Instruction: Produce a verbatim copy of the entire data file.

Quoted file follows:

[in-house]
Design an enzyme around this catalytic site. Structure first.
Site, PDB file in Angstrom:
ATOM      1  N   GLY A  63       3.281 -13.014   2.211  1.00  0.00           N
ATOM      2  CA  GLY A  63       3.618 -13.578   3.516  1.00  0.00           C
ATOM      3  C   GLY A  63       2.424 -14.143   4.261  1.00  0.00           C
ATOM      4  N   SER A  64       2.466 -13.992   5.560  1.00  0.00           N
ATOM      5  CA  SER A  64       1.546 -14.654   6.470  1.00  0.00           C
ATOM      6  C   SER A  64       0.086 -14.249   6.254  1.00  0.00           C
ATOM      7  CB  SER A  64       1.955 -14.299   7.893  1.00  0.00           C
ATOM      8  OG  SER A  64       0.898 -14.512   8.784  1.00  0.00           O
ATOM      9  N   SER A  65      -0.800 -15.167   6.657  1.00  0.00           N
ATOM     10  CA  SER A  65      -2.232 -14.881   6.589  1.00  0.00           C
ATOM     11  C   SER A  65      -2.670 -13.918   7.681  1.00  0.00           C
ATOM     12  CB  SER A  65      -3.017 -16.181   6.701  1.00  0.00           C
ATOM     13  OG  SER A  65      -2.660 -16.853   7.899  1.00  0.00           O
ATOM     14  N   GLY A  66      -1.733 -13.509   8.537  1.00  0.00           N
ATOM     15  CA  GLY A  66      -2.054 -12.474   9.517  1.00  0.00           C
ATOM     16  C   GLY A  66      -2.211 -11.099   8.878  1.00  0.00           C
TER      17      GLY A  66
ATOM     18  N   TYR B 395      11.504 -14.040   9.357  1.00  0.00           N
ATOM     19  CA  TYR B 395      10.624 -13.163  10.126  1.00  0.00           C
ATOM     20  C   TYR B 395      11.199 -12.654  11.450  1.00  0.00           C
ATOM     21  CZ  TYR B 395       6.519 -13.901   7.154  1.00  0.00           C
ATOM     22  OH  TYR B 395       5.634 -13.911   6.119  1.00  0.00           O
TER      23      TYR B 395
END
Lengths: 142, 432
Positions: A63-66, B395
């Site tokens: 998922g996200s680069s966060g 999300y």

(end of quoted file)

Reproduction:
[in-house]
Design an enzyme around this catalytic site. Structure first.
Site, PDB file in Angstrom:
ATOM      1  N   GLY A  63       3.281 -13.014   2.211  1.00  0.00           N
ATOM      2  CA  GLY A  63       3.618 -13.578   3.516  1.00  0.00           C
ATOM      3  C   GLY A  63       2.424 -14.143   4.261  1.00  0.00           C
ATOM      4  N   SER A  64       2.466 -13.992   5.560  1.00  0.00           N
ATOM      5  CA  SER A  64       1.546 -14.654   6.470  1.00  0.00           C
ATOM      6  C   SER A  64       0.086 -14.249   6.254  1.00  0.00           C
ATOM      7  CB  SER A  64       1.955 -14.299   7.893  1.00  0.00           C
ATOM      8  OG  SER A  64       0.898 -14.512   8.784  1.00  0.00           O
ATOM      9  N   SER A  65      -0.800 -15.167   6.657  1.00  0.00           N
ATOM     10  CA  SER A  65      -2.232 -14.881   6.589  1.00  0.00           C
ATOM     11  C   SER A  65      -2.670 -13.918   7.681  1.00  0.00           C
ATOM     12  CB  SER A  65      -3.017 -16.181   6.701  1.00  0.00           C
ATOM     13  OG  SER A  65      -2.660 -16.853   7.899  1.00  0.00           O
ATOM     14  N   GLY A  66      -1.733 -13.509   8.537  1.00  0.00           N
ATOM     15  CA  GLY A  66      -2.054 -12.474   9.517  1.00  0.00           C
ATOM     16  C   GLY A  66      -2.211 -11.099   8.878  1.00  0.00           C
TER      17      GLY A  66
ATOM     18  N   TYR B 395      11.504 -14.040   9.357  1.00  0.00           N
ATOM     19  CA  TYR B 395      10.624 -13.163  10.126  1.00  0.00           C
ATOM     20  C   TYR B 395      11.199 -12.654  11.450  1.00  0.00           C
ATOM     21  CZ  TYR B 395       6.519 -13.901   7.154  1.00  0.00           C
ATOM     22  OH  TYR B 395       5.634 -13.911   6.119  1.00  0.00           O
TER      23      TYR B 395
END
Lengths: 142, 432
Positions: A63-66, B395
């Site tokens: 998922g996200s680069s966060g 999300y």